Looking forward, language development continues; there’s much more that we could want in the language. I really want to get the motion.. I mean this, in a way, a little bit out of order, because this sort of took the motion technology and is applying it to do replication. It would be nice if these guys could just move themselves around without it. Cells control their own motion and replication.

And we really want to start looking forward towards tiles, making a new prototype tiles. We’re probably going to use one of these little tiny system-on-modules that’ll run linux, so that the port of the code that’s currently running in the simulator to the tile won’t be that hard. The tiles’ll be incredibly expensive compared to what they could be if they were optimized for it, but again, they can serve as a line in the sand. And that’s about it. And let’s do one last one, or maybe we can leave sort of leave this one running, and it’s worth noting that we can actually reproduce things other the Block Content, as long as they’re sort of surrounded by Block Content so that when the circumferential plating comes through, it’ll know what it’s supposed to count as inside and outside. So why don’t we send this guy north, here? See if that works. Bigger objects take a lot longer to localize, and there’s just in general more..

It’s a higher risk replication. Actually this guy is going to be heading, you know, this dark area here is in between two tiles where there’s significant time shear, you know, tidal effects due to communication delays between the things, which also can stress the mechanisms. As much as possible I tried to make the mechanisms interlock, so that if something isn’t ready because, for example, time is running slower where it is, other guys will wait. But there are still, in particular, the ending of the growth phase — determining when we have localized and we’re not going to see anymore, and the coordinates have set — involves a certain amount of ballistics and timing. And there can be failures. We’re probably in pretty good shape here because now we’re into the COPY phase, and that’s a little bit more robust. Is this the be-all, end-all of object replication? Absolutely not. It’s kind of brute force. I mean, it would be nice, you know, have the thing grow from the inside, from a seed — a whole different approach. It would be nice if it could handle things that, in a sort of more, you know, sloppy way. Rather than this, you know, literal line-at-a-time ..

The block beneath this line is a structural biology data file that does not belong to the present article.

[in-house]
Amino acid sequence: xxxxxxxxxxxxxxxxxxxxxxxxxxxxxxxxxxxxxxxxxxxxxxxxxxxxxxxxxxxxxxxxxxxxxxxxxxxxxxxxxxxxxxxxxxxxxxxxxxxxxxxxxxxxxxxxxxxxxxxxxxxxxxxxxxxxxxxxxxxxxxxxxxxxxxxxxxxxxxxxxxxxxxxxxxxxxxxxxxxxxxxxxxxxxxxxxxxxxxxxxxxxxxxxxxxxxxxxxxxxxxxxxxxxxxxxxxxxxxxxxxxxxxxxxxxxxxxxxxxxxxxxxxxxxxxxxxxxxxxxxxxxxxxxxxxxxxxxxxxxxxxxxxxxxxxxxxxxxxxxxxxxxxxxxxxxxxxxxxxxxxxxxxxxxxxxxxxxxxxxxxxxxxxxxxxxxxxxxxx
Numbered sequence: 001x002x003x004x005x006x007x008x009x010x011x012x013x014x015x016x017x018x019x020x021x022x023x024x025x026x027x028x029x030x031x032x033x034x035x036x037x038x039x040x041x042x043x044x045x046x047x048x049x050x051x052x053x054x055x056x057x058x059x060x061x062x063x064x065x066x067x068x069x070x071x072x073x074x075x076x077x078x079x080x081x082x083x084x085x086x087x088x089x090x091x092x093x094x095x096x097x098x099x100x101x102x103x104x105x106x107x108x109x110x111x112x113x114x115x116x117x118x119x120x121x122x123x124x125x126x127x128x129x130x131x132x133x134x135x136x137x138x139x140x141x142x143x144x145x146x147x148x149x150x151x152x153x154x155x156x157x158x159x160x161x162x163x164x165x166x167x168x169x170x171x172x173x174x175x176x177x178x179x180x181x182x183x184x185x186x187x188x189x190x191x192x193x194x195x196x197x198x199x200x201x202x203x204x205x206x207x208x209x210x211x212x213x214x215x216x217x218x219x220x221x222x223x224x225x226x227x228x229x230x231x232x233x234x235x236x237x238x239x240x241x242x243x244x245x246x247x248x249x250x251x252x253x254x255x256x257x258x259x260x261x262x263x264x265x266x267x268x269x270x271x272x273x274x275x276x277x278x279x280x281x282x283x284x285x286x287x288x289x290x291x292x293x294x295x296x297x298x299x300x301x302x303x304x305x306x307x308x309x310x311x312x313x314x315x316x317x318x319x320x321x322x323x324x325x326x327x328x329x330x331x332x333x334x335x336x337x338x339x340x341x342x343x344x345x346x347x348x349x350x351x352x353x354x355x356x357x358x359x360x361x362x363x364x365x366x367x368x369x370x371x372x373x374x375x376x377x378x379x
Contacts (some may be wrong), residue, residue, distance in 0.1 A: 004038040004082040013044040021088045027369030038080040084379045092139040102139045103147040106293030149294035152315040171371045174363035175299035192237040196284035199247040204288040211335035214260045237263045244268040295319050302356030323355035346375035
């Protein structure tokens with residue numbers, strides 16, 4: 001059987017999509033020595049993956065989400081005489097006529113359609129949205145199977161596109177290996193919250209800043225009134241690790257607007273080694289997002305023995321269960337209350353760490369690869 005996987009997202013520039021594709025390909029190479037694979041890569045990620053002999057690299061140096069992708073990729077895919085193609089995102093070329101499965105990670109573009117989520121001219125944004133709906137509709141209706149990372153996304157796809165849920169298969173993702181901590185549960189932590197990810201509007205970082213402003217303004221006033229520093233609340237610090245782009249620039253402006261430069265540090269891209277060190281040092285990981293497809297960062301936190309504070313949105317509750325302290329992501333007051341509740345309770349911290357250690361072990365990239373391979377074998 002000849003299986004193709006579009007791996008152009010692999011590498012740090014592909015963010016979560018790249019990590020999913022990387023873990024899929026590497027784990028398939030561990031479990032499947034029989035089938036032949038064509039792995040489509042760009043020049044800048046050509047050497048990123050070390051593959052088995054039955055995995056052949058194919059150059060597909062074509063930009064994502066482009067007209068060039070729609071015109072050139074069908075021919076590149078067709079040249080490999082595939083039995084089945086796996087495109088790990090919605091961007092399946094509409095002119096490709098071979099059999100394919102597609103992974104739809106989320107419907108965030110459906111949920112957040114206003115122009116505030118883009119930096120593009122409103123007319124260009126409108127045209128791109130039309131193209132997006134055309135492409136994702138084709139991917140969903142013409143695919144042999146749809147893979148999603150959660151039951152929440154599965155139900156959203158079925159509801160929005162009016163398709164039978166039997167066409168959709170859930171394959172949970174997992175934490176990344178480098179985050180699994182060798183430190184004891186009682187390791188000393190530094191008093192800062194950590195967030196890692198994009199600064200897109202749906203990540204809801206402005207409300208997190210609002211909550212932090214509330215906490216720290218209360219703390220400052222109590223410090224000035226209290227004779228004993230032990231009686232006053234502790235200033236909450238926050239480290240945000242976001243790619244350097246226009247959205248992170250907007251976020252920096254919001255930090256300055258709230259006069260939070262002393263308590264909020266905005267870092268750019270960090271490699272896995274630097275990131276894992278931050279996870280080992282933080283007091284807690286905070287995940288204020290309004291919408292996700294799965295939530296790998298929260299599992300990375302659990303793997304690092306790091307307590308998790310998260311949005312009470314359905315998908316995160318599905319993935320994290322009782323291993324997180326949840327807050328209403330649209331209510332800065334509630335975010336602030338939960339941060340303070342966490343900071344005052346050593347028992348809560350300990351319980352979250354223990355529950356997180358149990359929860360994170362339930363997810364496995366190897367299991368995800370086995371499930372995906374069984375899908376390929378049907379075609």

And one of the other things that CPlate does — I didn’t get to talk about — is, it does passivization. All the.. everything that was inheriting from Content, the blue Blocks in this case, when they see CPlate around they suppress their normal activity. I mean, because these things are all happening in parallel. Those Res that I stuck inside the ‘O’ there, they would be trying move if they could, they don’t inherit from Content, they don’t know what’s going on. Now in this case, they were in an area that was small enough that CPlate got in there and kind of immobilized them all, sort of like in gel, but in a more general case, if you make a larger object, with this thing, with big gaps, you can have all kinds of difficulties things will be moving around and doing their normal whatever they do, while the SwapLines are moving through and trying to copy them.

And in fact, it’s easy to end up with not-quite-exact duplicates. And, you know, there’s an awful lot of development that has to be done between here and there, but it’s possible that we could end up seeing evolution happening not because it was programmed in deliberately like we do with typical genetic algorithms and alife software models, but just because that’s what happens, because of our best-effort implementation of replication, motion, and so forth, in this world of best-effort computing. I think those in fact aren’t quite.. no they seven Res each, not sure. That’s it for now, Robert I hope this was long enough for you; thanks for watching. .